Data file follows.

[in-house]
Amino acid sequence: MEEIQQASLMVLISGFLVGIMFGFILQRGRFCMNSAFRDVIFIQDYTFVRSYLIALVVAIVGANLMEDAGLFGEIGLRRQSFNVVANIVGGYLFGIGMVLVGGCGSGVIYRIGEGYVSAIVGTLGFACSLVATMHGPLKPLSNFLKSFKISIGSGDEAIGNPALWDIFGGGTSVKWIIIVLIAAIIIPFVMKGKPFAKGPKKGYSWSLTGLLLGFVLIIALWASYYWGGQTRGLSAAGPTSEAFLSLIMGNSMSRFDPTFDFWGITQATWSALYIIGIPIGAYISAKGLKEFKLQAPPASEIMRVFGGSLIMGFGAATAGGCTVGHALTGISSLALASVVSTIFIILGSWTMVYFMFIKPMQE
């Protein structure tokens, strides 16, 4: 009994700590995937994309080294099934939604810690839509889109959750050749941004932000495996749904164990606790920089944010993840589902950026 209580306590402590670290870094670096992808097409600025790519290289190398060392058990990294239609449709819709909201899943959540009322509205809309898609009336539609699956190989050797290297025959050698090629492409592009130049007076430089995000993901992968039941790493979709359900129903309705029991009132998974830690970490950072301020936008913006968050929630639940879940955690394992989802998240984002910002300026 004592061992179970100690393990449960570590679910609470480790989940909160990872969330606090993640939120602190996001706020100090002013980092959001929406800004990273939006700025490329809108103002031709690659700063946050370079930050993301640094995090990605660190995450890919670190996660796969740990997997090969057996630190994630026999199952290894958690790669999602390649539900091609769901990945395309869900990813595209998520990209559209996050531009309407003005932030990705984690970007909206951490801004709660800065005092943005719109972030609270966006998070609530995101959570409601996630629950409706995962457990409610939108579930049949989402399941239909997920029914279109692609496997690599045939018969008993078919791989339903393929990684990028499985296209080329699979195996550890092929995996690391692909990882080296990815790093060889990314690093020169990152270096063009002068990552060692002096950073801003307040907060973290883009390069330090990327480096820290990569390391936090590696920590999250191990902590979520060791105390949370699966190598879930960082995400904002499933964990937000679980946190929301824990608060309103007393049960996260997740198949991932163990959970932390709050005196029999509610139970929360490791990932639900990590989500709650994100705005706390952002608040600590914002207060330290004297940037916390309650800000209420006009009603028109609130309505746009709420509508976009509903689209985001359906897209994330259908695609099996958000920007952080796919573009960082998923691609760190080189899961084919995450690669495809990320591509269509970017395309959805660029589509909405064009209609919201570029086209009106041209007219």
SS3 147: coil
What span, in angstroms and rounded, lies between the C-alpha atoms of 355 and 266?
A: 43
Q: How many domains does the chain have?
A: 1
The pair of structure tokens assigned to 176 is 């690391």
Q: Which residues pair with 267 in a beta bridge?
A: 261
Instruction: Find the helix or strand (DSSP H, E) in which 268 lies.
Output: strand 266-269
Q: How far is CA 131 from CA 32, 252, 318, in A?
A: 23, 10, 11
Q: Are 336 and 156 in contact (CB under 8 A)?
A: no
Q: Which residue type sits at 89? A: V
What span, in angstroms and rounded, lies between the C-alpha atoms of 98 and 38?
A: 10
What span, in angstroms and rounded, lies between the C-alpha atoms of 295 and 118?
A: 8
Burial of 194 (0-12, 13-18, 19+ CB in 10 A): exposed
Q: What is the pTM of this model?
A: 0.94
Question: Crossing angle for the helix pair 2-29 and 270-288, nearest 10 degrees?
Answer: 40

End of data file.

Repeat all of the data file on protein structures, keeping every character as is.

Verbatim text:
[in-house]
Amino acid sequence: MEEIQQASLMVLISGFLVGIMFGFILQRGRFCMNSAFRDVIFIQDYTFVRSYLIALVVAIVGANLMEDAGLFGEIGLRRQSFNVVANIVGGYLFGIGMVLVGGCGSGVIYRIGEGYVSAIVGTLGFACSLVATMHGPLKPLSNFLKSFKISIGSGDEAIGNPALWDIFGGGTSVKWIIIVLIAAIIIPFVMKGKPFAKGPKKGYSWSLTGLLLGFVLIIALWASYYWGGQTRGLSAAGPTSEAFLSLIMGNSMSRFDPTFDFWGITQATWSALYIIGIPIGAYISAKGLKEFKLQAPPASEIMRVFGGSLIMGFGAATAGGCTVGHALTGISSLALASVVSTIFIILGSWTMVYFMFIKPMQE
């Protein structure tokens, strides 16, 4: 009994700590995937994309080294099934939604810690839509889109959750050749941004932000495996749904164990606790920089944010993840589902950026 209580306590402590670290870094670096992808097409600025790519290289190398060392058990990294239609449709819709909201899943959540009322509205809309898609009336539609699956190989050797290297025959050698090629492409592009130049007076430089995000993901992968039941790493979709359900129903309705029991009132998974830690970490950072301020936008913006968050929630639940879940955690394992989802998240984002910002300026 004592061992179970100690393990449960570590679910609470480790989940909160990872969330606090993640939120602190996001706020100090002013980092959001929406800004990273939006700025490329809108103002031709690659700063946050370079930050993301640094995090990605660190995450890919670190996660796969740990997997090969057996630190994630026999199952290894958690790669999602390649539900091609769901990945395309869900990813595209998520990209559209996050531009309407003005932030990705984690970007909206951490801004709660800065005092943005719109972030609270966006998070609530995101959570409601996630629950409706995962457990409610939108579930049949989402399941239909997920029914279109692609496997690599045939018969008993078919791989339903393929990684990028499985296209080329699979195996550890092929995996690391692909990882080296990815790093060889990314690093020169990152270096063009002068990552060692002096950073801003307040907060973290883009390069330090990327480096820290990569390391936090590696920590999250191990902590979520060791105390949370699966190598879930960082995400904002499933964990937000679980946190929301824990608060309103007393049960996260997740198949991932163990959970932390709050005196029999509610139970929360490791990932639900990590989500709650994100705005706390952002608040600590914002207060330290004297940037916390309650800000209420006009009603028109609130309505746009709420509508976009509903689209985001359906897209994330259908695609099996958000920007952080796919573009960082998923691609760190080189899961084919995450690669495809990320591509269509970017395309959805660029589509909405064009209609919201570029086209009106041209007219």
SS3 147: coil
What span, in angstroms and rounded, lies between the C-alpha atoms of 355 and 266?
A: 43
Q: How many domains does the chain have?
A: 1
The pair of structure tokens assigned to 176 is 């690391």
Q: Which residues pair with 267 in a beta bridge?
A: 261
Instruction: Find the helix or strand (DSSP H, E) in which 268 lies.
Output: strand 266-269
Q: How far is CA 131 from CA 32, 252, 318, in A?
A: 23, 10, 11
Q: Are 336 and 156 in contact (CB under 8 A)?
A: no
Q: Which residue type sits at 89? A: V
What span, in angstroms and rounded, lies between the C-alpha atoms of 98 and 38?
A: 10
What span, in angstroms and rounded, lies between the C-alpha atoms of 295 and 118?
A: 8
Burial of 194 (0-12, 13-18, 19+ CB in 10 A): exposed
Q: What is the pTM of this model?
A: 0.94
Question: Crossing angle for the helix pair 2-29 and 270-288, nearest 10 degrees?
Answer: 40